Network Subnet 34 Subnet 35 Subnet 36 Subnet 37 Subnet 38 in Objective-C

Creation PDF 417 in Objective-C Network Subnet 34 Subnet 35 Subnet 36 Subnet 37 Subnet 38

Network Subnet 34 Subnet 35 Subnet 36 Subnet 37 Subnet 38
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Table 6-2: Subnet Ranges in the VLSM Example Address/Mask Range Hosts 172161760/20 172161920/20 172162080/20 172162240/20 172162400/20 172161761 17216191254 172161921 17216207254 172162081 17216223254 172162241 17216239254 172162401 17216255254 4,094 4,094 4,094 4,094 4,094
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Now let's take a slightly more complicated example: four groups of buildings connected together with WAN links, each with multiple buildings and different numbers of hosts per building, as shown in Figure 6-46
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Figure 6-46: Initial requirements for the complicated VLSM example In this situation, we need to do a little more complicated address grouping The first group of buildings, Campus Area Network (CAN) 1, has four buildings Building 1 needs 16,000 hosts, Building 2 needs 8,000 hosts, Building 3 needs 6,000 hosts, and Building 4 needs 2,000 hosts, for a grand total of 32,000 hosts CAN 2 has two buildings Building 5 needs 4,000 hosts, and Building 6 needs 12,000 hosts, for a grand total of 16,000 hosts CAN 3 has three buildings Building 7 needs 4,000 hosts, Building 8 needs 3,000 hosts, and Building 9 needs 1,000 hosts, for a grand total of 8,000 hosts Finally, CAN 4 has five buildings Building 10 needs 1,000
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hosts, Building 11 needs 500 hosts, Building 12 needs 250 hosts, and Buildings 13 and 14 need 100 hosts each, for a grand total of 2,000 hosts The first step in dividing the IP address space here is to take the default class-based network address (a class B address of 1721600, in this example) and split it into a small number of pieces (two, if possible) In this case, CAN 1 needs 32,000 addresses, while CANs 2 through 4 need 26,000 addresses The easiest solution here is to initially split the networks off at this point with a 17-bit mask, giving the first 32,000 addresses to CAN 1, and splitting the other 32,000 addresses among CANs 2, 3, and 4 This is shown in Figure 6-47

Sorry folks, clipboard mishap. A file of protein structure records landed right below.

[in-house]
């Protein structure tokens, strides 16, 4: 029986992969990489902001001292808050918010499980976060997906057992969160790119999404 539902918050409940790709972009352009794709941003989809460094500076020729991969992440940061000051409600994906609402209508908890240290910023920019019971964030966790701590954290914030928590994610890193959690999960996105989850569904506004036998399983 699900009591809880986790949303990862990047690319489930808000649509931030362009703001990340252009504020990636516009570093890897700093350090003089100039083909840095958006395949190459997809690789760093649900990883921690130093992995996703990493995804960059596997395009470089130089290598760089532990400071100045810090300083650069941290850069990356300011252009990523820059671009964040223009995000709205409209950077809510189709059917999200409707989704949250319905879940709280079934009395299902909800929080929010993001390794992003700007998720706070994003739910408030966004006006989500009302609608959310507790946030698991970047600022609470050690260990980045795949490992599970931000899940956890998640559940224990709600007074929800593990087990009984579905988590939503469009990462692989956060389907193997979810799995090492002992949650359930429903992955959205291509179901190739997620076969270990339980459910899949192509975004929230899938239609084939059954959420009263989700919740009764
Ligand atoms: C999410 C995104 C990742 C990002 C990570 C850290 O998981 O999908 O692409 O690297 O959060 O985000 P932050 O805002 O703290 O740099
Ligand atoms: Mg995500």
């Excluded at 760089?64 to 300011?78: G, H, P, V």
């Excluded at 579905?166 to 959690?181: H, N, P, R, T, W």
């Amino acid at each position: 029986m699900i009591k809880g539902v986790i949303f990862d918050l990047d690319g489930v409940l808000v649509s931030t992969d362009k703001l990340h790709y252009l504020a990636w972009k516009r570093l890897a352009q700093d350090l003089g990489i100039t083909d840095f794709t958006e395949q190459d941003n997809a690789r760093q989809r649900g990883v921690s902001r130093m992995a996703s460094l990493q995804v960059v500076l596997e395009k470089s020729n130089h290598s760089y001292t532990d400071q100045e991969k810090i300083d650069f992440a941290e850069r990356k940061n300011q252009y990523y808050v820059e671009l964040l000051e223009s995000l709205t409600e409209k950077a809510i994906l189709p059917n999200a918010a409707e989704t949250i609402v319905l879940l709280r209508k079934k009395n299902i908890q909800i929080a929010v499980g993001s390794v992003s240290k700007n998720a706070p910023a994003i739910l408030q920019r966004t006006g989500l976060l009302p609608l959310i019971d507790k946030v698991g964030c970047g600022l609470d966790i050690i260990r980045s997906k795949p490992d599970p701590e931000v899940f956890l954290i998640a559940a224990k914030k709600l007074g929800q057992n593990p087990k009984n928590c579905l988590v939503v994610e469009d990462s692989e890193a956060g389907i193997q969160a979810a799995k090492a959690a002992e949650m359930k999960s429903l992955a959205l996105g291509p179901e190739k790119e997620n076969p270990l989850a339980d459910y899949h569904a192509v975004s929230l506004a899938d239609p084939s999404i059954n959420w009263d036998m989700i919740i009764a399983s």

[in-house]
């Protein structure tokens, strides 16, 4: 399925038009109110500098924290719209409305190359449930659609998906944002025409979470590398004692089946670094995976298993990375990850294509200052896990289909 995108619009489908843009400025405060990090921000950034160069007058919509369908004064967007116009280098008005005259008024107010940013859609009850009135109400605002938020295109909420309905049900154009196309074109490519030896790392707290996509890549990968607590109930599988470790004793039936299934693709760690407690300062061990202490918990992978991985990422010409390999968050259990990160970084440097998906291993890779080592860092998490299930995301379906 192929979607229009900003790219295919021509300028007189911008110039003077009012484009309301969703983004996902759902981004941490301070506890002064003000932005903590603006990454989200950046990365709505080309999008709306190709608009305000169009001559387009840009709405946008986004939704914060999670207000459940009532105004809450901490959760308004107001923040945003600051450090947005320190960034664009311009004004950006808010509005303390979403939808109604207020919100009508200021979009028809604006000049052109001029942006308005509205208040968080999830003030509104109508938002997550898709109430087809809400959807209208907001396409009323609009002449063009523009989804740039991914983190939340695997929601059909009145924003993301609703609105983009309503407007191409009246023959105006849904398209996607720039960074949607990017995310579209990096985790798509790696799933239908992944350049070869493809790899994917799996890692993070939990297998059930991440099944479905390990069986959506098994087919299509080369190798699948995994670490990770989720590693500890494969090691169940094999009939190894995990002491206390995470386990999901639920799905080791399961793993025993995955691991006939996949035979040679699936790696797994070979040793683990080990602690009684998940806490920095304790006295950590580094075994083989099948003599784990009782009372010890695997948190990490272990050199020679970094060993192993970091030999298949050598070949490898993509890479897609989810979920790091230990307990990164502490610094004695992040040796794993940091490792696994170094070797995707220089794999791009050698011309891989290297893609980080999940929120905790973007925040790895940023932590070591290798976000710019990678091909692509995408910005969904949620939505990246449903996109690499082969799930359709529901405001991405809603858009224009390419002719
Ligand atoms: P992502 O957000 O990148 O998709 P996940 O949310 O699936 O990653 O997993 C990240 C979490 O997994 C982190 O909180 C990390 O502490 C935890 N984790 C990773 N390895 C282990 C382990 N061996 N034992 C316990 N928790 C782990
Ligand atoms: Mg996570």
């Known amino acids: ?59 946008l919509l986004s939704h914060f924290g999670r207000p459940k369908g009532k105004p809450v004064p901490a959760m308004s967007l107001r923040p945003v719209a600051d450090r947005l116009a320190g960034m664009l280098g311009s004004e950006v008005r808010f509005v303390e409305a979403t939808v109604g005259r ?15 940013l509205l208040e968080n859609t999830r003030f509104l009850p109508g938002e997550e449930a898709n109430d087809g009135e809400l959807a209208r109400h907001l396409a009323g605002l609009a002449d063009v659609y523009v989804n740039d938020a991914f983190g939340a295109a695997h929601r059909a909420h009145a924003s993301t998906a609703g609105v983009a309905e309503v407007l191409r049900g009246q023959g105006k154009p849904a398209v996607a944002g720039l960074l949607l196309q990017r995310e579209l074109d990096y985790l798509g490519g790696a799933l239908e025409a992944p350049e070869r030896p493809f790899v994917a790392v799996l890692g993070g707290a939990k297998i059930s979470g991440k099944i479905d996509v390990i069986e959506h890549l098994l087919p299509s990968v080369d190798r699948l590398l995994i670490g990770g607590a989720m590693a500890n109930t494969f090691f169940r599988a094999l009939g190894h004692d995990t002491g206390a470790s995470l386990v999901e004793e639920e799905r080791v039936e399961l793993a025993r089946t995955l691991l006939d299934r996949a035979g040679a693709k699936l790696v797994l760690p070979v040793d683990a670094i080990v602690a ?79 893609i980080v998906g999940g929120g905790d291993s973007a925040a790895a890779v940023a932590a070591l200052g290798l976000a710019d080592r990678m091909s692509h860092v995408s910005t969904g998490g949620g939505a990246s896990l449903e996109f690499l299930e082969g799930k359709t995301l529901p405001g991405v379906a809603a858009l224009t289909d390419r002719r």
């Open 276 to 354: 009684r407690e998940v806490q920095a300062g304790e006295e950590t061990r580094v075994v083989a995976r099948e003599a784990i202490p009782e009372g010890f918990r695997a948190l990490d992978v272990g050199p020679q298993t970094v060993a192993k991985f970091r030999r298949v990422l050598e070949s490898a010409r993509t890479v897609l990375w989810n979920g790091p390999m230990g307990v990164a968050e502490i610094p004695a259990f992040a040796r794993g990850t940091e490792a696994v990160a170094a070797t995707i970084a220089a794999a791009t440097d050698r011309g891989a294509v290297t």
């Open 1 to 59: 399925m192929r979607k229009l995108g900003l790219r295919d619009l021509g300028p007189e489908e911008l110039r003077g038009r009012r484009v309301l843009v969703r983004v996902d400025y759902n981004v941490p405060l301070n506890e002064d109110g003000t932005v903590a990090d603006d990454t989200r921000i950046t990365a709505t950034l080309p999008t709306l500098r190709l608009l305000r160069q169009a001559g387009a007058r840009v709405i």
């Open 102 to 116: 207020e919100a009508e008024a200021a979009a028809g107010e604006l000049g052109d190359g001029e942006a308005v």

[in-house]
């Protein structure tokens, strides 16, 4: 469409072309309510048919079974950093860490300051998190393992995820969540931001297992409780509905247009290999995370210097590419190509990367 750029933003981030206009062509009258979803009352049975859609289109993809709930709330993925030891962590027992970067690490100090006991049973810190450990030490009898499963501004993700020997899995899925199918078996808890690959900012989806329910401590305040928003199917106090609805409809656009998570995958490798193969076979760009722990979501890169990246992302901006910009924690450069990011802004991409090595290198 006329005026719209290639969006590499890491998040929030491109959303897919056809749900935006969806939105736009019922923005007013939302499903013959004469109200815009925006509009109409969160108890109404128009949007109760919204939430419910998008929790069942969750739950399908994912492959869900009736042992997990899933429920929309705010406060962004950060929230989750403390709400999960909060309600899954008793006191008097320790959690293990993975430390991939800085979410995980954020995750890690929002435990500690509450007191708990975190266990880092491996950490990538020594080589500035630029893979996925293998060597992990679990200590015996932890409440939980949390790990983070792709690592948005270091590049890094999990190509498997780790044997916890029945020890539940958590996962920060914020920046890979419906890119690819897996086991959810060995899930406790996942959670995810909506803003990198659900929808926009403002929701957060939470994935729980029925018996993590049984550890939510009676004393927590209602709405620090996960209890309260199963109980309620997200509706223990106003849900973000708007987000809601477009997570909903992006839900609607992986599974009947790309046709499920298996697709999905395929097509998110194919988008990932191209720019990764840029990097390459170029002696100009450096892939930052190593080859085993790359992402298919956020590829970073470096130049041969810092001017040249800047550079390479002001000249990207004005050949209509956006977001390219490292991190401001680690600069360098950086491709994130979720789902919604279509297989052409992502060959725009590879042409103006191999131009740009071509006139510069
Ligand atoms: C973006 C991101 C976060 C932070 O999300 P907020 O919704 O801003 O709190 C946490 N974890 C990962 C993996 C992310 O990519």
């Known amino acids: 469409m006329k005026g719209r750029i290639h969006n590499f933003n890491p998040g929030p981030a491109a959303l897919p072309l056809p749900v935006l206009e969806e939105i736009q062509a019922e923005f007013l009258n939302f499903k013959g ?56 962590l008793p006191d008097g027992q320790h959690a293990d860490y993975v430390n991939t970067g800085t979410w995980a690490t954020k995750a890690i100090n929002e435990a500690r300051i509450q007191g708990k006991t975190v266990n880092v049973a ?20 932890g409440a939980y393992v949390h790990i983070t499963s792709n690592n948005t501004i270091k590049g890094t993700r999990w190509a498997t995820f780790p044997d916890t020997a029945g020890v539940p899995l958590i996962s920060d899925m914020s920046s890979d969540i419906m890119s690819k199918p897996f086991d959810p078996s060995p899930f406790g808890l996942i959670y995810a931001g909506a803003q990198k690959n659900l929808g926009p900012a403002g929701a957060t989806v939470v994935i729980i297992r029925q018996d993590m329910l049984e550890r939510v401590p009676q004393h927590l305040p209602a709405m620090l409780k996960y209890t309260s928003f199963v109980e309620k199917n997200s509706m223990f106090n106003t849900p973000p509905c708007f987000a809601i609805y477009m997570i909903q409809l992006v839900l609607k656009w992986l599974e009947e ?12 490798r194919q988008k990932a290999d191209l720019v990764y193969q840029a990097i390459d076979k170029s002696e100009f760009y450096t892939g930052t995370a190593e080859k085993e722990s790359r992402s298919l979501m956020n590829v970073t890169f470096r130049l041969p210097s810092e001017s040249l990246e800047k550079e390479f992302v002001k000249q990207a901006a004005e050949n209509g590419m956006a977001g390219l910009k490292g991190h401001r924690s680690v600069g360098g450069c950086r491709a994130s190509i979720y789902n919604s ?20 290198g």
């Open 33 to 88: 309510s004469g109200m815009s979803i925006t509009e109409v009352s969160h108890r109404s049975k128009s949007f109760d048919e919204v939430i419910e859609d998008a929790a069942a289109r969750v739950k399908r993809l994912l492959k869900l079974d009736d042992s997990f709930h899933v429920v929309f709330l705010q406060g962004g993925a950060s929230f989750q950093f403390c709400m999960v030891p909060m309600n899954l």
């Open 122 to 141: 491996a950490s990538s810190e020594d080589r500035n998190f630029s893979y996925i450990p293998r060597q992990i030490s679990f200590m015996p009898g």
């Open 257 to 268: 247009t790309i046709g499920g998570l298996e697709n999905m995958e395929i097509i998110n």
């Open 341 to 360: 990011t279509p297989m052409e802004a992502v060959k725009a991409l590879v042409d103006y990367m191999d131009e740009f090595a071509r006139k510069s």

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Figure 6-47: Initial subdivision of the address space Next, we will subdivide the 1721600/17 network for CAN 1 into another group of two, with Building 1 in one group (it needs exactly half of the addresses) and the other three buildings in the second group We do this by adding another bit to the mask, making the address for the first group (Building 1) 1721600/18, and the base address for the second group 17216640/18 This is shown in Figure 6-48
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Figure 6-48: Subdividing CAN 1 Now we will subdivide the second address group in CAN 1 (17216640/18) into two more groups, using a 19-bit mask The first group will contain only Building 2 because it needs 8,000 hosts, and the second group will contain Buildings 3 and 4 Building 2's IP address space will therefore be 17216640/19, and the group containing Buildings 3 and 4 will have a base address of 17216960/19 This is shown in Figure 6-49
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Figure 6-49: Subdividing the second group in CAN 1 Now we need to subdivide the group that Buildings 3 and 4 are included in, but we can't do it quite as simply as we have been Building 3 requires 6,000 hosts, while Building 4 requires 2,000 Obviously, just dividing the address space in half will not work However, dividing the address space by 4 will To do this, we add two bits to the 19-bit mask to make a 21-bit mask, giving us four networks with 2,000 hosts each We then assign three of them to Building 3 (17216960/21, 172161040/21, and 172161120/21) and one of them to Building 4 (172161200/21) This is shown in Figure 6-50